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United States v. Conn

United States District Court, E.D. Kentucky, Central Division, Lexington

May 25, 2018

UNITED STATES OF AMERICA, Plaintiff,
v.
ERIC CHRISTOPHER CONN, Defendant.

          MEMORANDUM OPINION AND ORDER

          Danny C. Reeves United States District Judge

         This matter is pending for consideration of the United States' motion to dismiss Petitioner Patsy Conn's amended claim for seized funds. [Record No. 62] The Court has also received a letter from the petitioner, construed as a motion, requesting additional time to respond to the government's motion to dismiss.[1] The government asserts that dismissal is appropriate because the petitioner has failed to sign her claim under penalty of perjury and has otherwise failed to follow the Court's previous instructions to describe her legal interest in the funds actually seized. For reasons explained below, the Court will deny Petitioner's request for an extension of time and grant the government's motion to dismiss the petitioner's amended claim for seized funds.

         I.

         On April 6, 2017, with express the express agreement of Defendant Eric Christopher Conn, this Court entered a preliminary order of forfeiture imposing judgment of $5, 750, 404.46, an amount representing the proceeds the defendant personally obtained from the theft of government funds offense to which he pled guilty. [See Record Nos. 9, 11.] Moreover, in light of the defendant's acknowledgment in his Plea Agreement that his acts and omissions rendered the $5, 750, 404.46 unavailable for forfeiture as contemplated by 21 U.S.C. § 853(p)(1), the Court ordered the defendant to forfeit substitute assets to satisfy the judgment pursuant to 21 U.S.C. § 853(p)(2). [Record No. 11] Those assets included $150, 000.00 to be realized from the sale of the defendant's real property at 241 Northmonte Drive, Pikeville, Kentucky (the “Pikeville Property”), which the government has received, and all proceeds from the sale of the real property at 9420 U.S. Highway 23 South, Stanville, Kentucky (the “Stanville Property”).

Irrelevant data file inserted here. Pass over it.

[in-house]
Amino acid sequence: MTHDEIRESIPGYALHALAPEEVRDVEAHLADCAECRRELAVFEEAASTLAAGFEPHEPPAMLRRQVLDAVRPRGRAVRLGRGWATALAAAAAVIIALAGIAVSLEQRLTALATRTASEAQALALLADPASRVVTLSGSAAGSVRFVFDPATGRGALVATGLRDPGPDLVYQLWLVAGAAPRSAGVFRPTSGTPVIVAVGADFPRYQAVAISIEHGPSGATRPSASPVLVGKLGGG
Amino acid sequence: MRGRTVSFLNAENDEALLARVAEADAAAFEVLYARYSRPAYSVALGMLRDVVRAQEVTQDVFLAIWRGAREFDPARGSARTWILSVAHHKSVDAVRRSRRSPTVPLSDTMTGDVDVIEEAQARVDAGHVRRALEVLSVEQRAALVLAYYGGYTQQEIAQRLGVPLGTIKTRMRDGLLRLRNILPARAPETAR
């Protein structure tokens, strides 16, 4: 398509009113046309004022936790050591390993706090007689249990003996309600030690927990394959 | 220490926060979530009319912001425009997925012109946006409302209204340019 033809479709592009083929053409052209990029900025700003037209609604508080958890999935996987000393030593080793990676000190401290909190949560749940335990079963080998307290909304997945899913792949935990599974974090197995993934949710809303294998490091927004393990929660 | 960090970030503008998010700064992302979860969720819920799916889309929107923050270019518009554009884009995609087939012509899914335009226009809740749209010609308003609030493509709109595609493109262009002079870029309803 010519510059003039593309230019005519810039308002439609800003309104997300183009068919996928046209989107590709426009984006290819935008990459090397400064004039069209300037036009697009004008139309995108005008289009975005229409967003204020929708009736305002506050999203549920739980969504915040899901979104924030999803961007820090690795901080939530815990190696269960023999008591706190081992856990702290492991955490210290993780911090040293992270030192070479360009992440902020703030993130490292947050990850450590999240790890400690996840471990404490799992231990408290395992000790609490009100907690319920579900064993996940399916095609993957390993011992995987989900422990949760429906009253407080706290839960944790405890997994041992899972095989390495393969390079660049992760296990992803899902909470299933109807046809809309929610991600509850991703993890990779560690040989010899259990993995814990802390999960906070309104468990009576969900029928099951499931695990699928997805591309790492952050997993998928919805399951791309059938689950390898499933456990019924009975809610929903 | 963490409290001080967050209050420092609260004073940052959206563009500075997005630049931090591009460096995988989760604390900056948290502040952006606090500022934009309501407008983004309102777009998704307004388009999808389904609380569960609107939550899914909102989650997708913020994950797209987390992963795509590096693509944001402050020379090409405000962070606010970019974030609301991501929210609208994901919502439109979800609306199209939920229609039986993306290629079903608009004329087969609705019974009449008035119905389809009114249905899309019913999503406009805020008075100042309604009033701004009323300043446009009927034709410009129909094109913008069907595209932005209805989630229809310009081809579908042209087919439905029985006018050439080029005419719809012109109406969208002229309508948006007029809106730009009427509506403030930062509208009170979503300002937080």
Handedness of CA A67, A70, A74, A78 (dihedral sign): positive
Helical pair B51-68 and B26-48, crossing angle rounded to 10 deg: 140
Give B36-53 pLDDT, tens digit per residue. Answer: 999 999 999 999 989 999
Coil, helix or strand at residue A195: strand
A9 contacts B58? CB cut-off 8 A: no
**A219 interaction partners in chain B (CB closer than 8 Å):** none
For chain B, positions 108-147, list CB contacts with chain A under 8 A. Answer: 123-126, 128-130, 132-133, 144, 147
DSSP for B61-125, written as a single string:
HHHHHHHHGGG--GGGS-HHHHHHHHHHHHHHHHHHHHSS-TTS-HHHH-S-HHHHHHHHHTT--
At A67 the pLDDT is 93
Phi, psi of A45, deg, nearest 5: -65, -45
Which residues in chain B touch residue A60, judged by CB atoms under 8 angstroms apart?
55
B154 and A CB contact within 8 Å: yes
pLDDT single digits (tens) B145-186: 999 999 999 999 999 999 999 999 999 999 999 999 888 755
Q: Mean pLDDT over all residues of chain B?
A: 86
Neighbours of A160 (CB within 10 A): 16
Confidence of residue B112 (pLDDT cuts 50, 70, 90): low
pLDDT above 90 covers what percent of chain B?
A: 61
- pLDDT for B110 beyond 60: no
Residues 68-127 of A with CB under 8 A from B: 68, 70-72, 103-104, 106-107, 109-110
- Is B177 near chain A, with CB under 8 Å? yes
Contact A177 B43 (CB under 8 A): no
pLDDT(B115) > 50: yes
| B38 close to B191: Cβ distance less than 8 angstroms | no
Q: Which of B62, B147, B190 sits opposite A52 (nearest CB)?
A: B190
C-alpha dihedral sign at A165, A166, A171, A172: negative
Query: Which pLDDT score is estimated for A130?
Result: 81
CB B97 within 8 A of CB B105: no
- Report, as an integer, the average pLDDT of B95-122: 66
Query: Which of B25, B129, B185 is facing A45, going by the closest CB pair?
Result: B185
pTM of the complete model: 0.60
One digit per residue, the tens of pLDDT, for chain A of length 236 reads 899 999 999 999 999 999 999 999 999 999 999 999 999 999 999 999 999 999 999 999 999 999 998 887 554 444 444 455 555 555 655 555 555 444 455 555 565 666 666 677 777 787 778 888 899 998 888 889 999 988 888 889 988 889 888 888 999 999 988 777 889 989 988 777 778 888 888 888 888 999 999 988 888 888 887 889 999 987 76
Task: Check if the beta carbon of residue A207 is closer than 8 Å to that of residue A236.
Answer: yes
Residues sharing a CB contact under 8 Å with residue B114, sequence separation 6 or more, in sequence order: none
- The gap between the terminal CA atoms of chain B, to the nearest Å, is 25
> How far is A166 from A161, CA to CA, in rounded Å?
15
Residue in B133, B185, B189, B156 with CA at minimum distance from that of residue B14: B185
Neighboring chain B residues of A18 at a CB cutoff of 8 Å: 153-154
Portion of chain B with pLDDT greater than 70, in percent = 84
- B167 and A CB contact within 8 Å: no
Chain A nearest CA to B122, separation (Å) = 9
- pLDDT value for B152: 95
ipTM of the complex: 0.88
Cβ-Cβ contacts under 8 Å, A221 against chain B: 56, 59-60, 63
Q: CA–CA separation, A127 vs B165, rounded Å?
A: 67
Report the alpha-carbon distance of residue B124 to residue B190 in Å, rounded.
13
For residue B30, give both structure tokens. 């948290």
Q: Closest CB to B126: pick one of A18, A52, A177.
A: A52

On June 22, 2017, this Court granted the government's motion to amend the preliminary order of forfeiture to include all of the defendant's right, title, and interest in four bank accounts, namely: (i) USAA Federal Saving Bank checking account number 210198605, under the name of Eric Conn; (ii) Community Trust Bank checking account number 4000425714, under the name of Eric C. Conn and Patsy Conn; (ii) Bank Five checking account number 901935924, under the name of Eric Conn; and (iv) Wood forest National Bank business checking account number 1361001967, under the names of Curtis Lee Wyatt - Disability Services. [Record Nos. 14, 16] The previously-ordered forfeitures were also included in the Judgment of July 17, 2017. [Record No. 29, p. 8]